The issue with the Latino vote, of course, has always been the question of turnout. On average, Latinos tend to turnout at a lower rate than other groups, which may tend to undercut any advantage Obama has among this group. For example, Mitt Romney currently has a comfortable lead in the polling in Arizona despite his weak numbers among a group that constitutes nearly 30% of the state’s population. The Senate race is a lot closer, though, and we may see the Hispanic vote play a role there in what is an open race to fill the seat being vacated by the retiring Jon Kyl.
Another state where the Latino vote could have an impact in Nevada, where a recent Latino Decisions poll [PDF] showed the President leading among Latinos 78% to 17% and the Democratic Senate candidate Shelly Berkley leading Senator Dean Heller 58% to 26%. On the Presidential side, Nevada is a true swing state, with the race essentially tied at the moment although President Obama has shown a slight lead in some polls. On the Senate side, Heller has maintained a slight lead outside the margin of error but this race is still to close to call. In a state where nearly 27% of the population is Latino, Obama’s advantage among this voting group here could play a significant role in deciding where the state’s six Electoral Votes go, and further complicate Romney’s available paths to victory.
The situation is somewhat different in Florida, thanks in large part to that state’s large Cuban population. Because that particular group tends to vote Republican, a recent Latino Decisions poll [PDF] has Obama’s lead among Latinos at 61% to 31%, the highest percentage of the Latino vote I’ve seen Romney get anywhere. In the Senate race between Bill Nelson and Connie Mack IV, it’s Nelson 53% Mack 32% leaving a large group of 15% undecided. The Presidential race in Florida is, as it has always been, very close and it’s arguably the Latino vote that’s helping Obama here. In the Senate race, Nelson has had a comfortable lead for weeks now so it’s not clear that the Latino vote is playing quite as big a role as it may be on the Presidential race.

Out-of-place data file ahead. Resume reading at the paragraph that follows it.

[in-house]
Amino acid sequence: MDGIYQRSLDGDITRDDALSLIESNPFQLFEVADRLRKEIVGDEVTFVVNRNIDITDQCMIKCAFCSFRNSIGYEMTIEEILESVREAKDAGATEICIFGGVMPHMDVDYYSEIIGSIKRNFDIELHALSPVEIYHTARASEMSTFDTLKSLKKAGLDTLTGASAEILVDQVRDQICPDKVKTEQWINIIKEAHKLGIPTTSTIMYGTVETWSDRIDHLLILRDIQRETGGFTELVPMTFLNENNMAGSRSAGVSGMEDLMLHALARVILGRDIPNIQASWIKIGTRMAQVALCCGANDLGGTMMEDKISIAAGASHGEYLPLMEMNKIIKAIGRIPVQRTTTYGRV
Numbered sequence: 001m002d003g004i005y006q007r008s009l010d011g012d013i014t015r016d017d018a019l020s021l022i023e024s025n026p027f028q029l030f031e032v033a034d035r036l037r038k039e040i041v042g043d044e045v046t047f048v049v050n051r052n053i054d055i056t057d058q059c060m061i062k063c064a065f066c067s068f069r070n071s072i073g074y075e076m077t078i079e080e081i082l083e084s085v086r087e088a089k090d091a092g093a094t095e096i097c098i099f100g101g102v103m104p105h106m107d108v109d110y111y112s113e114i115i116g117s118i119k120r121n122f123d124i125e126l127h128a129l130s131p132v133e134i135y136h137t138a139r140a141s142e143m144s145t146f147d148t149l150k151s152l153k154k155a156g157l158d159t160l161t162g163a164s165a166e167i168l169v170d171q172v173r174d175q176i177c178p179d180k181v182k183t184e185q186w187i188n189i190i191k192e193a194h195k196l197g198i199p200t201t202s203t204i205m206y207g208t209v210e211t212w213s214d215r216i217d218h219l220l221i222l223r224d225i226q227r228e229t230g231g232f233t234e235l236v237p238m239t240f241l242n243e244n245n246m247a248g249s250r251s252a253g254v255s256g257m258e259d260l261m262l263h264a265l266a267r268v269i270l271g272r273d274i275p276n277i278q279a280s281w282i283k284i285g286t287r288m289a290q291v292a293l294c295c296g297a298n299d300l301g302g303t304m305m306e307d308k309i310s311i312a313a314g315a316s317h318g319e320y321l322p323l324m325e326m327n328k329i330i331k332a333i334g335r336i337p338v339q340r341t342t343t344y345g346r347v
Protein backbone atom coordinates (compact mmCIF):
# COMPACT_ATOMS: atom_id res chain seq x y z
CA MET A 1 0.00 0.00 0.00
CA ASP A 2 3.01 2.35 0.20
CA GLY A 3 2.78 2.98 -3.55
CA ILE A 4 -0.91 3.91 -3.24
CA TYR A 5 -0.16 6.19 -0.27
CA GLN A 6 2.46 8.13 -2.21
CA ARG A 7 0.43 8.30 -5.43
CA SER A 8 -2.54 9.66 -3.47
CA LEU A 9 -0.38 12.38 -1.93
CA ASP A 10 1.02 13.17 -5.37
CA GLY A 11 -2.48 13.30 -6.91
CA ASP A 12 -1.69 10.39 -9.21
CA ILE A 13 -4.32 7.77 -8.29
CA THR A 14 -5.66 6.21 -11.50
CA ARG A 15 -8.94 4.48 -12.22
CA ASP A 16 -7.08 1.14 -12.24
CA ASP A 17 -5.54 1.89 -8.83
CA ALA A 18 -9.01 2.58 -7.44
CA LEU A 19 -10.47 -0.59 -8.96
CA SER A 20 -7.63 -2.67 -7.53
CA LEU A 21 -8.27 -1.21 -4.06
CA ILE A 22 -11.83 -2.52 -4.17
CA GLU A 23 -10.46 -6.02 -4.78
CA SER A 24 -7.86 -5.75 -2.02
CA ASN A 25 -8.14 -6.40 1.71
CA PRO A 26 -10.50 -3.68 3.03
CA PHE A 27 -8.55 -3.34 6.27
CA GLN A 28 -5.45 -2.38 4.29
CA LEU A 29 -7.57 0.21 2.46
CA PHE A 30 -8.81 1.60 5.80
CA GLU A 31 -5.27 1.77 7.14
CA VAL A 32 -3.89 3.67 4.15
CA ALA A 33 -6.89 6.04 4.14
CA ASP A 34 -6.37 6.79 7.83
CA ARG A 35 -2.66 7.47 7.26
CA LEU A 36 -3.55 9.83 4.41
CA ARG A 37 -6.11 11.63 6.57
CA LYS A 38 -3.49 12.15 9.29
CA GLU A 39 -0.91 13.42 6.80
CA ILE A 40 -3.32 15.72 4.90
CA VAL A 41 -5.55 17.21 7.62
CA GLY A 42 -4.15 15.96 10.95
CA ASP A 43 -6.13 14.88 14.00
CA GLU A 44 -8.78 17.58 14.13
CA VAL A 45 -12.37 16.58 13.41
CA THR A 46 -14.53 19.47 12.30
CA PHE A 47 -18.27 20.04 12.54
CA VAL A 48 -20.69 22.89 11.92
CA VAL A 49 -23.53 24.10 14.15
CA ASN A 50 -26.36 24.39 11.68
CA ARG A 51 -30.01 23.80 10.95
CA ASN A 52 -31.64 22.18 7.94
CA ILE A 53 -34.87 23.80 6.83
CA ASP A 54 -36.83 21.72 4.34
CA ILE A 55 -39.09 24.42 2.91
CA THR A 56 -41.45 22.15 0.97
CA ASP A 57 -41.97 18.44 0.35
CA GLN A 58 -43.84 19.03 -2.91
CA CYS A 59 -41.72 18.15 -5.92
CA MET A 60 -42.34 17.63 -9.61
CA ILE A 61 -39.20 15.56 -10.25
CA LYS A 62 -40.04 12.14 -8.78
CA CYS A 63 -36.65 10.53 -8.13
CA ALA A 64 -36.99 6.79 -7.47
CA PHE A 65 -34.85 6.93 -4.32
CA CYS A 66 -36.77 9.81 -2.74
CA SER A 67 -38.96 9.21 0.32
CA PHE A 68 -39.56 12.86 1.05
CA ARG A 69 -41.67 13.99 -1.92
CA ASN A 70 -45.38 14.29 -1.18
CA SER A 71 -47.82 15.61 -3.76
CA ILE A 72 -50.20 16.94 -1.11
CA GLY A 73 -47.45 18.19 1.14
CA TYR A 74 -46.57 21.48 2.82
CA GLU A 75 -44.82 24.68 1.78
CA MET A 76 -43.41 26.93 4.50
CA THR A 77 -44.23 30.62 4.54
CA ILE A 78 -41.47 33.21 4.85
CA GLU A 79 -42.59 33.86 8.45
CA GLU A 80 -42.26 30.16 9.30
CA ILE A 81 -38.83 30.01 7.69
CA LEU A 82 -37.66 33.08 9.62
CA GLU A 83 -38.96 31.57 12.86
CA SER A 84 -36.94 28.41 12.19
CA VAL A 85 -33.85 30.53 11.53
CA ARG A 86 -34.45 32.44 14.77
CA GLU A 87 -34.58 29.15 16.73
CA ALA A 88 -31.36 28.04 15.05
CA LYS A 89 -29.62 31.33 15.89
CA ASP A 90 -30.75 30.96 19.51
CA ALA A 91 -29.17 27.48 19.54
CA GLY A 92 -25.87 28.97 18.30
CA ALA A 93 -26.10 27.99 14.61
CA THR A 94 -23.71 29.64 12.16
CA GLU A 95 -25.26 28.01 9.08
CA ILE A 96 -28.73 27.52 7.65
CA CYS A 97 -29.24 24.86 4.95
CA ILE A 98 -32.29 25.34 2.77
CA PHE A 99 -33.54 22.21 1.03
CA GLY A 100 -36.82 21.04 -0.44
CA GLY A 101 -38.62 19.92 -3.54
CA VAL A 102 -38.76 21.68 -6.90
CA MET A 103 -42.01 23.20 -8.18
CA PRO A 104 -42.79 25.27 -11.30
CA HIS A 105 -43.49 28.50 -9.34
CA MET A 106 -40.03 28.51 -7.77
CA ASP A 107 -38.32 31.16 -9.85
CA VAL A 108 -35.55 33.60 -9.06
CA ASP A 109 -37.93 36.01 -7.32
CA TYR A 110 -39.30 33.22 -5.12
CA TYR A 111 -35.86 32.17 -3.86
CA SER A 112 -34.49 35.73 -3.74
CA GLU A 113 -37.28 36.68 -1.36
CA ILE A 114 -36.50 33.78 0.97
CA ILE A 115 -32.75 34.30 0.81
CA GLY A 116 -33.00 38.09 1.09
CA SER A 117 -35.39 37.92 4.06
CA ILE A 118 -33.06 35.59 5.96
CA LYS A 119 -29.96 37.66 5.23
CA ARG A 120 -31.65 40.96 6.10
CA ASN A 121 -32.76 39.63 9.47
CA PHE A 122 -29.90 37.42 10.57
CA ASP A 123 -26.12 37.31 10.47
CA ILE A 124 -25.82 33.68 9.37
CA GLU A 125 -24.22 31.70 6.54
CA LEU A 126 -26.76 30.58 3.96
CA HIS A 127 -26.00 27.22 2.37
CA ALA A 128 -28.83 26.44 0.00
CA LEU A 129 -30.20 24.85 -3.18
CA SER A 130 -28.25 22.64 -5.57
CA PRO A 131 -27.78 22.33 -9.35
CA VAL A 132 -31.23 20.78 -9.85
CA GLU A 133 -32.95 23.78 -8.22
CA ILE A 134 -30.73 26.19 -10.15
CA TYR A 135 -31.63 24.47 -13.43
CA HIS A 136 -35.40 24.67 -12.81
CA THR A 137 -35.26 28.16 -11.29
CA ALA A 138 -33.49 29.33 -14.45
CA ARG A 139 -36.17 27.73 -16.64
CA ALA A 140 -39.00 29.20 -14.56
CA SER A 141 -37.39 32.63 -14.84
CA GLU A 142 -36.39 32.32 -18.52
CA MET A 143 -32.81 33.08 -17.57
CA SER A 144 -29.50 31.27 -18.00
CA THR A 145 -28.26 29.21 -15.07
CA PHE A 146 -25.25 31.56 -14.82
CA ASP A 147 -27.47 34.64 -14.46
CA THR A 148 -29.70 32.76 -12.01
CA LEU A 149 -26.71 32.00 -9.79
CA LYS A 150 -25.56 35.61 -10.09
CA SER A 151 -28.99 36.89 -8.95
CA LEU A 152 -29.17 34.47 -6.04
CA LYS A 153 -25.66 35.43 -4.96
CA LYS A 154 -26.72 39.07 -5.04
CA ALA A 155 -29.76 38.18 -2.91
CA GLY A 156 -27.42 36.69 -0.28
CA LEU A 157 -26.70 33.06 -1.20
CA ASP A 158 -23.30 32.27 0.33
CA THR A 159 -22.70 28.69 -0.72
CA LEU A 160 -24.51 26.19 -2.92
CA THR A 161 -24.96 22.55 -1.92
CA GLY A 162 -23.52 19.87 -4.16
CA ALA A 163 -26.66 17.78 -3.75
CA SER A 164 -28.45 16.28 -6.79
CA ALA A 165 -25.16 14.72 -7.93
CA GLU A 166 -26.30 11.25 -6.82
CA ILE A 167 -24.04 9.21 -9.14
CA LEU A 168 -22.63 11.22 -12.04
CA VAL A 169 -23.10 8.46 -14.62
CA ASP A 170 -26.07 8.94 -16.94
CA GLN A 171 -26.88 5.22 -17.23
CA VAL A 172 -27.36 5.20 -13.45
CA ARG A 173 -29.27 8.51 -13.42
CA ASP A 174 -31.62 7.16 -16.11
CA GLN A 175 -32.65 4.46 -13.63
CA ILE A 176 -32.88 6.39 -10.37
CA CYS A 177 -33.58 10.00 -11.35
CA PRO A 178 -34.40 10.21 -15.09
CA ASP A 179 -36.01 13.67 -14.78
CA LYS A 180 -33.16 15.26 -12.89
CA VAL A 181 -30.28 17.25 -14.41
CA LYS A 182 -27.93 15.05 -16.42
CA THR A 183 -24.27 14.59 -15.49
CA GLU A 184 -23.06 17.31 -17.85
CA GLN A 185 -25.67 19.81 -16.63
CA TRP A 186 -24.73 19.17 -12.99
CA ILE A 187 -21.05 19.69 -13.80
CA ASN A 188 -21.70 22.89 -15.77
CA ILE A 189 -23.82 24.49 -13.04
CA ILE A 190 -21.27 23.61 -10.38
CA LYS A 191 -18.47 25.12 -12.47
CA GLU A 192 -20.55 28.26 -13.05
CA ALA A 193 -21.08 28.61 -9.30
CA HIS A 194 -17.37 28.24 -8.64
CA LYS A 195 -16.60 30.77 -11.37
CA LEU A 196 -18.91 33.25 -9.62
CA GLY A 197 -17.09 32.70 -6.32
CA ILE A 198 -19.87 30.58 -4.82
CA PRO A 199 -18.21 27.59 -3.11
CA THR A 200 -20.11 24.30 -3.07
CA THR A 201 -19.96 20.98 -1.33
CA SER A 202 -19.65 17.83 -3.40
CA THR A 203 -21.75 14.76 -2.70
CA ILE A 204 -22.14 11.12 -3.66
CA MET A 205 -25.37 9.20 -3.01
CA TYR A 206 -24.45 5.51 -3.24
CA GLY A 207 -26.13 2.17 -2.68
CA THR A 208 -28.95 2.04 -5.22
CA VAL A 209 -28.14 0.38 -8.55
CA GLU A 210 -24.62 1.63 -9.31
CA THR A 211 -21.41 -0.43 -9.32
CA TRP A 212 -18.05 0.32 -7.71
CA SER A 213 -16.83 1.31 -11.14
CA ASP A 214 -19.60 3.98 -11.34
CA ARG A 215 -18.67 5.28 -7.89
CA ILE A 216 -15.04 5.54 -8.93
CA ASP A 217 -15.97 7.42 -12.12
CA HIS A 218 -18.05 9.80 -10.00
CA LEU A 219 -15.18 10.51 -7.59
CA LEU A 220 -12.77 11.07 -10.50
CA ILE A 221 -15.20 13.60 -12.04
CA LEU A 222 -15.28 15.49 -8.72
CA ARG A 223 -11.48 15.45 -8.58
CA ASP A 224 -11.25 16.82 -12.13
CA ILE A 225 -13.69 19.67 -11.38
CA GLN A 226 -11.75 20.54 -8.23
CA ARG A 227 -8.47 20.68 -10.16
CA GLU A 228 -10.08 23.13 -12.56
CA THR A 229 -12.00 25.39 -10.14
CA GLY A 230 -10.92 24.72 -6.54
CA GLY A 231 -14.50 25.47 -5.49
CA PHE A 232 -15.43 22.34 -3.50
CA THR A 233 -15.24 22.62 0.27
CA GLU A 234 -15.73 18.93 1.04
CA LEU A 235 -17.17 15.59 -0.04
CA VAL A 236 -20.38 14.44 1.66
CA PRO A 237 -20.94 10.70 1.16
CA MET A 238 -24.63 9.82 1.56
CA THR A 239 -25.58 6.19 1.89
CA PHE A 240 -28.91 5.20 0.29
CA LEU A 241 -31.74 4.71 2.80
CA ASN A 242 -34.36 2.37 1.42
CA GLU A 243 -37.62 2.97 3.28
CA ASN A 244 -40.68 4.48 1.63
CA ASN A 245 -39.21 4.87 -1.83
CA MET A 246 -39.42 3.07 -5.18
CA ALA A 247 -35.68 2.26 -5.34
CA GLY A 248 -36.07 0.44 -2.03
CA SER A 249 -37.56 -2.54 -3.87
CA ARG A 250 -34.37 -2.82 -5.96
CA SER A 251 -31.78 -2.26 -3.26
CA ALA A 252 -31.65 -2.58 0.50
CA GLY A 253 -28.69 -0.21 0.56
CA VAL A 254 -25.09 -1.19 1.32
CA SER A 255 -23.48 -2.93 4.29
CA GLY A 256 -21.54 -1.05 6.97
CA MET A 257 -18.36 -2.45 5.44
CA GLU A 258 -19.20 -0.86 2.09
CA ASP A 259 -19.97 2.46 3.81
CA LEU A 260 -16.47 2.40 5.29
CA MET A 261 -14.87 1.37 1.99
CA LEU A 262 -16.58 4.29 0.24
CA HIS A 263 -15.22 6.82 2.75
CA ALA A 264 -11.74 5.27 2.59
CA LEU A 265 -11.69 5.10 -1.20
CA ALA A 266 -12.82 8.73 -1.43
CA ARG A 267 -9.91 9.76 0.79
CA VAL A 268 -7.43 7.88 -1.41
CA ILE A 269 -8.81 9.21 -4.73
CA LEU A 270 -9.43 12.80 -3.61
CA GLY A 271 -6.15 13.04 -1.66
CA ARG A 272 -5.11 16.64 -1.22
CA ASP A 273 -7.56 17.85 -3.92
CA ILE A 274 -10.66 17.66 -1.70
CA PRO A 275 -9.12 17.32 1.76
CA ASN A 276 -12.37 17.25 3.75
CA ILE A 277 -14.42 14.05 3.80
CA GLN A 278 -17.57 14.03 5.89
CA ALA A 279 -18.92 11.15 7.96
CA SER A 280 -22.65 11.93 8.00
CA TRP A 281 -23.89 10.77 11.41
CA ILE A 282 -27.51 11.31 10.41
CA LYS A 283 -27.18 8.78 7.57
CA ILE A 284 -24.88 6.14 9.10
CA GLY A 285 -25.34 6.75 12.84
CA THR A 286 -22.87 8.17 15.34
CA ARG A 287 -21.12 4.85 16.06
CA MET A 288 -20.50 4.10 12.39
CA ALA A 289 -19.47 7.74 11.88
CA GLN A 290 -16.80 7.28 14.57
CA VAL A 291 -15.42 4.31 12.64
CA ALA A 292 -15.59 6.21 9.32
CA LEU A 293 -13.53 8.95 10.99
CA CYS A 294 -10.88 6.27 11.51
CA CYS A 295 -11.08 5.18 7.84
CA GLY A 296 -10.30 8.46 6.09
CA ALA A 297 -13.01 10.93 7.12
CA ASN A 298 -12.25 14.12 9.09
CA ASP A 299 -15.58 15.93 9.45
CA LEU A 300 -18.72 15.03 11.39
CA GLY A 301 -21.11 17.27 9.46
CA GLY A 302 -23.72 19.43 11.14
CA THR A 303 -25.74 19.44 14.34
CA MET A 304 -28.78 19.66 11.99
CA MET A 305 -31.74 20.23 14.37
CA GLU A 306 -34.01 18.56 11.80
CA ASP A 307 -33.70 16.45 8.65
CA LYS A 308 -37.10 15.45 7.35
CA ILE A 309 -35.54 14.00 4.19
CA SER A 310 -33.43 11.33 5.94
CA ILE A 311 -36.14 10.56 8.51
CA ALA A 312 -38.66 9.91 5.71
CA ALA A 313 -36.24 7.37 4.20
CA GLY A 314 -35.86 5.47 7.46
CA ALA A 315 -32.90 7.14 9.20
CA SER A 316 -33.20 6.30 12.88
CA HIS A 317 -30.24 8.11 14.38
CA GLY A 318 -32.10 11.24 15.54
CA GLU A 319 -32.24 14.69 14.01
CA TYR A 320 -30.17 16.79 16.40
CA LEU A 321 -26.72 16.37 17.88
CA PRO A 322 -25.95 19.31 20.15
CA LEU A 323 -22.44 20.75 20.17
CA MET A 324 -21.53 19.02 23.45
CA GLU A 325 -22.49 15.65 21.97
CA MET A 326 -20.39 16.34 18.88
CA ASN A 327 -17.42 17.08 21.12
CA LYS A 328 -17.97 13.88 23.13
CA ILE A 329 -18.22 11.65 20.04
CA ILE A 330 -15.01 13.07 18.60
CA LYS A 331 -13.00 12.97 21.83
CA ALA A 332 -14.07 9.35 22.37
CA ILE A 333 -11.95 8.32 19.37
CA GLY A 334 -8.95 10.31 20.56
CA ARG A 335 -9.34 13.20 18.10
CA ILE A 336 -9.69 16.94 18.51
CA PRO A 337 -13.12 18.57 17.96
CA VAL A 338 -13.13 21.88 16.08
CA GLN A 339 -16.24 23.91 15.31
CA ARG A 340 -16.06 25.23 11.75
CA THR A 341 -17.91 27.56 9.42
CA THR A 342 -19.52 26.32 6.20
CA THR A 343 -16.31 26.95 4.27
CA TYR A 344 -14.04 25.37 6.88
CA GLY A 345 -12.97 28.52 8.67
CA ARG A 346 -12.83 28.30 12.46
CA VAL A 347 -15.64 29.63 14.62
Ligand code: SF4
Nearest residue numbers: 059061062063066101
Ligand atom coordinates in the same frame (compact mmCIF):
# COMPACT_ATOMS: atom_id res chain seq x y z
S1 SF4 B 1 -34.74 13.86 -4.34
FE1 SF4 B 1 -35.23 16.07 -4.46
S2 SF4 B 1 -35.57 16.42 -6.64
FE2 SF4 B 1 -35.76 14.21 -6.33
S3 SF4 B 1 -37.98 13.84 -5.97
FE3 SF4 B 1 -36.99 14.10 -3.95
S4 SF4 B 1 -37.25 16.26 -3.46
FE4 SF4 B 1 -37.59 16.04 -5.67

On top of all of this, we have the latest iteration of Latino Decision’s Weekly Tracking Poll of Latino voters [PDF] in which Obama is leading Romney by an astounding 70% to 27%.
It should be noted at all of these polls have somewhat higher margins of error than we’re used to seeing. For the national tracking poll it’s 5.6% and for the state polls it’s an average of about 4.9%. The main reason for this, of course, is that you’re polling a much smaller sample of the population than you would for a regular poll. For that reason, as I noted back in April, polls among demographic subgroups should be viewed with caution. Nonetheless, we’ve got enough evidence now of the Republican’s problems with Latino voters that I feel confident in saying that they are going to lose this group by a far wider margin than they did in 2008, and that it may well end up having an impact on the Presidential race in states like Nevada and Florida, as well as Senate races in Arizona and Nevada. For that reason alone, one would think that the GOP would begin to seriously rethink its position on immigration issues unless it wants to wake up one day and find that formerly solid red states like Florida are now drifting into the Democratic fold.